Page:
Back to driving school? Not in this lifetime

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I live about an hour away from the CCJ offices, so I get to see lots of other drivers and the things they do – both driving-related and not necessarily pertaining to the act of keeping their vehicles safely under control. I’ve seen it all: Lipstick being applied while the female driver’s eyes were fixated on the rearview mirror, dudes ramming giant double-stack burgers down their throats, folks waving their arms around while using their cellphones (as if the person on the other end of the line could see their frantic gestures) – you get the idea.

I’m not going to perch on an ivory tower and claim I’ve never done anything that possibly could cause me to avert my eyes from the road: I’ve reached for countless CD cases, fumbled for the handle to my coffee mug, dug into the storage bin for my phone-charging cord, etc. I suppose the very act of noticing what other drivers are doing means I’ve turned my head away from the highway.

I can say, however, that working for a trucking magazine for nearly 9 years now has given me an improved realization of the demands placed upon professional drivers to NOT do those very things – and to try to NOT do them myself. I think about it every time I habitually reach for one of those foreign personal objects and try to NOT do it.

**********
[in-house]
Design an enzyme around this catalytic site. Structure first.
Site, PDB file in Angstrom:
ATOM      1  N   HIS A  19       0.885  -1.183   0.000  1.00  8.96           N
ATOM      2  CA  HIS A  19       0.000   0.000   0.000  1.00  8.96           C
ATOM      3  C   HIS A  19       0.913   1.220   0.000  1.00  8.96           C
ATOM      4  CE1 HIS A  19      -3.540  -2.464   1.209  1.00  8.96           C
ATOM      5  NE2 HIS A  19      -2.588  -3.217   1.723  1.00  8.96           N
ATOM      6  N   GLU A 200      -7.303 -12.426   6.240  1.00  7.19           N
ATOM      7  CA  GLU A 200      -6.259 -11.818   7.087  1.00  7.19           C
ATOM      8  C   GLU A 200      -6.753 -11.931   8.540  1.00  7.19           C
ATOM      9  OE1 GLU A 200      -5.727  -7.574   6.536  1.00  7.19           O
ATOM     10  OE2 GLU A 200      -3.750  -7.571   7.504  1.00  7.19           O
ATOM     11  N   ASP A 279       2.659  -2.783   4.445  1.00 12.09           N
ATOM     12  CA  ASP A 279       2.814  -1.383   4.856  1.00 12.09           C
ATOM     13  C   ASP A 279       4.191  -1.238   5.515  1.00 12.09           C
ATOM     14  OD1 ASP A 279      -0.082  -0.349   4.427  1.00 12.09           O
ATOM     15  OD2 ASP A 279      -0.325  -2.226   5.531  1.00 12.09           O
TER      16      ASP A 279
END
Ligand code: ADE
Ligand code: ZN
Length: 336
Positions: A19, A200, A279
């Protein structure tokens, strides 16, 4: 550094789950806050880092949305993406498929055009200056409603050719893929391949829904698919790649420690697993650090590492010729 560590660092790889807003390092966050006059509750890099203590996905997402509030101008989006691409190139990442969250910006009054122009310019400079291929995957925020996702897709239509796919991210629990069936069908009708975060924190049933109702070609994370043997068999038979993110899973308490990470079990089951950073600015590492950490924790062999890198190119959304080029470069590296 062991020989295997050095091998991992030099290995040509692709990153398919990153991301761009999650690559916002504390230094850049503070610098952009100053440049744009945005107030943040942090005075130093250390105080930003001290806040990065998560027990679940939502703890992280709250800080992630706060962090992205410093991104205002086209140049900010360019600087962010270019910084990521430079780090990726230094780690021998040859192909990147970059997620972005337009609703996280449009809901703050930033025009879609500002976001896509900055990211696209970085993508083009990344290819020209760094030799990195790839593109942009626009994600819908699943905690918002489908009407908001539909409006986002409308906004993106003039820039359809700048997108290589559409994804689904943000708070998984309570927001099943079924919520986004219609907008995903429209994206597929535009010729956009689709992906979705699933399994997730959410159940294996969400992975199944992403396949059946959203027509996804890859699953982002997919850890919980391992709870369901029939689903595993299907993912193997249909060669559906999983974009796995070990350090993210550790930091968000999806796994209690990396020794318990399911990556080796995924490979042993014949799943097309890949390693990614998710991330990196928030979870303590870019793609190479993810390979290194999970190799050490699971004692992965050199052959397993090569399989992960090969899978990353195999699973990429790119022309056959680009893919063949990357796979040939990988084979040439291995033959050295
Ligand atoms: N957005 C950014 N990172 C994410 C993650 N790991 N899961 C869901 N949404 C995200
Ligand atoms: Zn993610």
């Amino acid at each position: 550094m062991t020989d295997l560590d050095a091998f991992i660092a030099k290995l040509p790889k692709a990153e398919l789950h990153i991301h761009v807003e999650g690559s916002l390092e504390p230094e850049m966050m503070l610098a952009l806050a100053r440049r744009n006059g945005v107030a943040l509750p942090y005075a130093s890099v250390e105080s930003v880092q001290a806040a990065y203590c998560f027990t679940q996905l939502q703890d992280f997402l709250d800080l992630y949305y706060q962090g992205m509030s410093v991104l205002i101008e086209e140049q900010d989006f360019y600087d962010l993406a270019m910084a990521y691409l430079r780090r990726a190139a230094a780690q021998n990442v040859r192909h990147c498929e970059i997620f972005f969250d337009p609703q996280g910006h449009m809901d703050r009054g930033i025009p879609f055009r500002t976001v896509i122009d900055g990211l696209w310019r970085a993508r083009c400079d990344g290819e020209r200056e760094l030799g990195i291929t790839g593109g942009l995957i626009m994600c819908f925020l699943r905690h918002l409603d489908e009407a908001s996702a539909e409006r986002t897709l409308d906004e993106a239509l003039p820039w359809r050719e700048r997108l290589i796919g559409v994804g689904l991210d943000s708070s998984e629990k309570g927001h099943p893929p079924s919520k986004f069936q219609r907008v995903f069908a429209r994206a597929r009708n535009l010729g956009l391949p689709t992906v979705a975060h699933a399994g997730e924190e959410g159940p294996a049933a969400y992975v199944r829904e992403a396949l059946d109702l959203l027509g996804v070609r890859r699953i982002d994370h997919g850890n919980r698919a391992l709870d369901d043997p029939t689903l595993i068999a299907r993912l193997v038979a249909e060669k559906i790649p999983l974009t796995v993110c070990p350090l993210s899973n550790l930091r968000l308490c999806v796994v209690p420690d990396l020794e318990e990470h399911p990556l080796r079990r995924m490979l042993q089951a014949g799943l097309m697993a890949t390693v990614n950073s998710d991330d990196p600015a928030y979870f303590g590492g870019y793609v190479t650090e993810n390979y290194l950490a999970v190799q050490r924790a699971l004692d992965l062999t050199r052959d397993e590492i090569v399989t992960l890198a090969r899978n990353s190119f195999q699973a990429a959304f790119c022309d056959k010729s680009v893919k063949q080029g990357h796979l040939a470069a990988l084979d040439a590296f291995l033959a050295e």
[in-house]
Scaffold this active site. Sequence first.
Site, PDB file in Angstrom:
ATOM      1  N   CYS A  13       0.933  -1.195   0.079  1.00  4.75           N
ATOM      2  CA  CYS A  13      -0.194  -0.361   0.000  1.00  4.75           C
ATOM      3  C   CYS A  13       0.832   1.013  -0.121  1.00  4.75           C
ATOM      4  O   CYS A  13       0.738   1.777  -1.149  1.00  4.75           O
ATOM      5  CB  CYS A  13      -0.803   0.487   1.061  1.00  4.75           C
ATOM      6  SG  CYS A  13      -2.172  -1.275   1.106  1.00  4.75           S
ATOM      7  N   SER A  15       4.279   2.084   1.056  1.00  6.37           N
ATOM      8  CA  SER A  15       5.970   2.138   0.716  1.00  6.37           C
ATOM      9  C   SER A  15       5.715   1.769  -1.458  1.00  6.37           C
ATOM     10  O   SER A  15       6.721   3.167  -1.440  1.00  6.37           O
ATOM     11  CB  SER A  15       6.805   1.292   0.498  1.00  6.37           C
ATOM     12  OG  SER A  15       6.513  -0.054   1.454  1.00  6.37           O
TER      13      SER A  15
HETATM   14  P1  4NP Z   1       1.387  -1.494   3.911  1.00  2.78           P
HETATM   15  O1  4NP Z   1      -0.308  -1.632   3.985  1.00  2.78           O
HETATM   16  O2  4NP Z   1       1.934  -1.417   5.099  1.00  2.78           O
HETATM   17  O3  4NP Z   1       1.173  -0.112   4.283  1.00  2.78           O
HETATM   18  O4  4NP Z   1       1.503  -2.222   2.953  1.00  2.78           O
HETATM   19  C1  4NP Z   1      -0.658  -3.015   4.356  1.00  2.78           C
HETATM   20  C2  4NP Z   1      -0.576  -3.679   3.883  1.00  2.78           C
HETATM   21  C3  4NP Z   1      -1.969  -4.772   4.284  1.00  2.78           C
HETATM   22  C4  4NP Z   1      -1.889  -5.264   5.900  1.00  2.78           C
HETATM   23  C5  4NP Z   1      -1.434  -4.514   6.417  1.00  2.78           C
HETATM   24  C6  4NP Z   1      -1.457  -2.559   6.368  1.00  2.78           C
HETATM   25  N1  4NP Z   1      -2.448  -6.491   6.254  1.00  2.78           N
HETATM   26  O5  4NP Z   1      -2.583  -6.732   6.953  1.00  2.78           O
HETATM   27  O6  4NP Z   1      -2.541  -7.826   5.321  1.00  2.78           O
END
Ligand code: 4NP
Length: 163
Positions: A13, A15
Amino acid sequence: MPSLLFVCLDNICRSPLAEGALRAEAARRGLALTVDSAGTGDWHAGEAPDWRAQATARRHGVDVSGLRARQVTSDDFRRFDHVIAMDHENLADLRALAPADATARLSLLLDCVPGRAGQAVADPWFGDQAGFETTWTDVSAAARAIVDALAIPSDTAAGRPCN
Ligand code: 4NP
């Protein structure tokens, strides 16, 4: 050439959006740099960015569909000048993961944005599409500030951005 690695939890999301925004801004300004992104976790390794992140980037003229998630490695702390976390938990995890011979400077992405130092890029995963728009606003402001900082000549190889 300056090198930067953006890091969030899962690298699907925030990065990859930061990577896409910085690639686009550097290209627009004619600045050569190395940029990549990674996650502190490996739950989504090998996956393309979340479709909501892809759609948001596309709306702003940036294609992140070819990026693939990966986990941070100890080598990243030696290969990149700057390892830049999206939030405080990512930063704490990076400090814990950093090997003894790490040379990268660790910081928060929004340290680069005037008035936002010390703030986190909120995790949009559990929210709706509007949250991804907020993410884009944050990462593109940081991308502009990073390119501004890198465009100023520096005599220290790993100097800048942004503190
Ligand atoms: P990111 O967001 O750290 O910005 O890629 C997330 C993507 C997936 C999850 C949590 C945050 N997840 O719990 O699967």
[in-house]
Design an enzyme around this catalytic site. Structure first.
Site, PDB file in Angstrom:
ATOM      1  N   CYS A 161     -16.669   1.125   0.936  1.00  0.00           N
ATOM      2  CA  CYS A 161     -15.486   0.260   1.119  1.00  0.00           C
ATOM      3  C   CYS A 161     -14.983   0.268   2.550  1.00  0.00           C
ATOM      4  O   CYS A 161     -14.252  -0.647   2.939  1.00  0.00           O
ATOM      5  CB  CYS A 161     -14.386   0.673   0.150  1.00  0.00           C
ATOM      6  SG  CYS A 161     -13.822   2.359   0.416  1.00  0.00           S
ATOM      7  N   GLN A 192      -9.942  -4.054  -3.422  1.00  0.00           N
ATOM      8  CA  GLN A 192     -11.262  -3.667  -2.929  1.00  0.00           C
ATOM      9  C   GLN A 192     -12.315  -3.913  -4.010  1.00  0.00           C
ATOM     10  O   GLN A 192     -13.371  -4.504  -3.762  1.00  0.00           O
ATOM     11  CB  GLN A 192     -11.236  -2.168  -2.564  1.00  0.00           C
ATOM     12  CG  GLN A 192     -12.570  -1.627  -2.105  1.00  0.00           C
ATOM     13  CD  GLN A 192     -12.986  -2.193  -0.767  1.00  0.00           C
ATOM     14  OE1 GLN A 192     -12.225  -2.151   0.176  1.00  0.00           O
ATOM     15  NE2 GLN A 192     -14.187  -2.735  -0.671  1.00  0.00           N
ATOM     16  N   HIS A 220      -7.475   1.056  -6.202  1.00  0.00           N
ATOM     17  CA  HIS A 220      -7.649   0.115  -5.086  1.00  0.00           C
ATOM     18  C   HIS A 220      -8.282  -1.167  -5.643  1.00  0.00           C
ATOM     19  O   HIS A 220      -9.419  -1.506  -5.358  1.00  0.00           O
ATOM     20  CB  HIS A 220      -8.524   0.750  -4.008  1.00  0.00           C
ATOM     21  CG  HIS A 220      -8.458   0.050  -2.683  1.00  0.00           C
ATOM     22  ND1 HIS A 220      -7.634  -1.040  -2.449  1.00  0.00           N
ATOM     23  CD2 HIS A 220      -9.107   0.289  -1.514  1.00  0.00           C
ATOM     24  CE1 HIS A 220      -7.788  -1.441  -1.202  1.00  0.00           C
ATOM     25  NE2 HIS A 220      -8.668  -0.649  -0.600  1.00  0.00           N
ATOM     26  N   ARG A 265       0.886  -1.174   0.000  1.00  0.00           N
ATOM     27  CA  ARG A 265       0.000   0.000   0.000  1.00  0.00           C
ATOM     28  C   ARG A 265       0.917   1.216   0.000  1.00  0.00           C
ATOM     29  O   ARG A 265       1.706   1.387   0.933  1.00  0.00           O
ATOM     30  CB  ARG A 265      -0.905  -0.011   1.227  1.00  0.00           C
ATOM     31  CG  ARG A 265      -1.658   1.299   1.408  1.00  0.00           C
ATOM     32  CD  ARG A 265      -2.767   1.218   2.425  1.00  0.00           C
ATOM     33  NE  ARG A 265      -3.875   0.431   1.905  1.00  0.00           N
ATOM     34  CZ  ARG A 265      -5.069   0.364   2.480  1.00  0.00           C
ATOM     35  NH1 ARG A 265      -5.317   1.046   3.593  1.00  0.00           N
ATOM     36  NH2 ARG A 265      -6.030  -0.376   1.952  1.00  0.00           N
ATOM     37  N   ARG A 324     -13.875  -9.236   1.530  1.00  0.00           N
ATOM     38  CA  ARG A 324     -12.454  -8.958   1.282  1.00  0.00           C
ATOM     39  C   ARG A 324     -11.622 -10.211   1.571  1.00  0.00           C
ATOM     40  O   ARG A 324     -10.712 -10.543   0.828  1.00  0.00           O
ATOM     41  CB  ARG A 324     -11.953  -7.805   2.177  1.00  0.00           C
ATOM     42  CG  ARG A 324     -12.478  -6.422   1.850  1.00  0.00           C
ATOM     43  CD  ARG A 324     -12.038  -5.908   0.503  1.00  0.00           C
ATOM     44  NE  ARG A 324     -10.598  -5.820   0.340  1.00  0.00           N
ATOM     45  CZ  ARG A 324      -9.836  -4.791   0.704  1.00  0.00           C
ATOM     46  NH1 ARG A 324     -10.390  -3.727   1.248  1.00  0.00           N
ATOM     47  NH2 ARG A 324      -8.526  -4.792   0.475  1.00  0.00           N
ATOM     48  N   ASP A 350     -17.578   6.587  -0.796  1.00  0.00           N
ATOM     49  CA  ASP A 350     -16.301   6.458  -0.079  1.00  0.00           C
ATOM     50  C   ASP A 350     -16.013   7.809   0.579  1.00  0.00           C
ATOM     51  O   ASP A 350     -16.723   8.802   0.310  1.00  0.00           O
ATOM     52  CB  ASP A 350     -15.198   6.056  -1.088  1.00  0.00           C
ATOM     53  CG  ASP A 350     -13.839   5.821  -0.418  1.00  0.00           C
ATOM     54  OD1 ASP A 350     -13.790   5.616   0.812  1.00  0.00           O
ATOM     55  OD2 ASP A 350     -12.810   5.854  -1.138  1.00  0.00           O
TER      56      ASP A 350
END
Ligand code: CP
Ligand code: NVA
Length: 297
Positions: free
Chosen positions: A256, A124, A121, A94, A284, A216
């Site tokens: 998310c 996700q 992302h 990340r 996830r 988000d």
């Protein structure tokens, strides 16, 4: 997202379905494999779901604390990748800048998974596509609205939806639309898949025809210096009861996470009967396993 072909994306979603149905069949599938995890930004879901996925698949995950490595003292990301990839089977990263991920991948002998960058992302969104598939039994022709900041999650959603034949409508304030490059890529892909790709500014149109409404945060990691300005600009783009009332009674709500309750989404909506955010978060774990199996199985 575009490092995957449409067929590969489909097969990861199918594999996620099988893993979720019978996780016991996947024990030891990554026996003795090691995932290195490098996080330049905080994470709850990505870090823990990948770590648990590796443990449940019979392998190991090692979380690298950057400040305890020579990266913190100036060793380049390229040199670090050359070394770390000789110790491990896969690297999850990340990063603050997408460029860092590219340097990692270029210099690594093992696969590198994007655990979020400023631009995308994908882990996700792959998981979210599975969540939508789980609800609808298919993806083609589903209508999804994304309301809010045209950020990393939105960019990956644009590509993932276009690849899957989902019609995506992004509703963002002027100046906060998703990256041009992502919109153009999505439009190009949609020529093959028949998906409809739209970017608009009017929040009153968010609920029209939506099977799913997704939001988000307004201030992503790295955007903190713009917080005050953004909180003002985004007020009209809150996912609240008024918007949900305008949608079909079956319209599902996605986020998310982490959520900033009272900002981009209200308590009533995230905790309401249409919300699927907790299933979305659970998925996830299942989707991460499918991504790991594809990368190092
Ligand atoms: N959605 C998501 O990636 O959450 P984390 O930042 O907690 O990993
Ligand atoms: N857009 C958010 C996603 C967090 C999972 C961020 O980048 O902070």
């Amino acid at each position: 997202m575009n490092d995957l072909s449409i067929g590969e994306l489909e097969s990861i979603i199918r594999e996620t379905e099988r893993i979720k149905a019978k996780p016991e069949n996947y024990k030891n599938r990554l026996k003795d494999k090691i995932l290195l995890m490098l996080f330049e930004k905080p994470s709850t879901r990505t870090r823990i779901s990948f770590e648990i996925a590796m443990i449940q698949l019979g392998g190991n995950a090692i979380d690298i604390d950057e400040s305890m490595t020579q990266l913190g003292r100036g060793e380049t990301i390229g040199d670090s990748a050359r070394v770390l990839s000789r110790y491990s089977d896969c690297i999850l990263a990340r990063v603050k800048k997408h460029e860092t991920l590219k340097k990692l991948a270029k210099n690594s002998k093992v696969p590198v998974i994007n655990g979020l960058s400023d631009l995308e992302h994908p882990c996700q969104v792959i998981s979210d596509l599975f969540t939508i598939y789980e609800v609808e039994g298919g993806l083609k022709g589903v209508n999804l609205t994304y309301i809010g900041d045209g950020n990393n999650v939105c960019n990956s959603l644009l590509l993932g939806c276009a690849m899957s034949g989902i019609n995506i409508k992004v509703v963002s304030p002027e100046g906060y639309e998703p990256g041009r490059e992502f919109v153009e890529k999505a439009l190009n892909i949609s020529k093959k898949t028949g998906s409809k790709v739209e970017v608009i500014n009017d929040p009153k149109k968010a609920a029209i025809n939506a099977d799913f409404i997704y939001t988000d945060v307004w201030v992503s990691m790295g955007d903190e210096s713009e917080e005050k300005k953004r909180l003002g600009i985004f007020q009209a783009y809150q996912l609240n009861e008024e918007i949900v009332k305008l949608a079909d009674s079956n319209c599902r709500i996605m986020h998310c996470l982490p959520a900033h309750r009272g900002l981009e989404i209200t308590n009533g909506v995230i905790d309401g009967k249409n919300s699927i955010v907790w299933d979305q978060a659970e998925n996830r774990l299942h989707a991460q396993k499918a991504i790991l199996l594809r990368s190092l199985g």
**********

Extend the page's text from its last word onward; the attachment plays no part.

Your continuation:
Which leads to my point: I think four-wheel drivers could stand some sort of official refresher training. After all, it’s been more than 33 years since I got my driver’s license, but in no time since have I been required to look through a manual or get behind the wheel with some sort of official who would evaluate the state of my current driving performance. It seems like the act of earning a license is treated like learning to ride a bicycle or tying your shoes; you’re expected to never forget how to do it.

Of course, the very nature of requiring refresher driving lessons for four-wheel drivers, maybe as infrequently as every 10 years, would lead to a national outcry of protest – not to mention the sheer cost and logistics of such a government mandate. If you thought the hooting and hollering over gun control was something, you wouldn’t have seen anything yet. But who could argue its worth?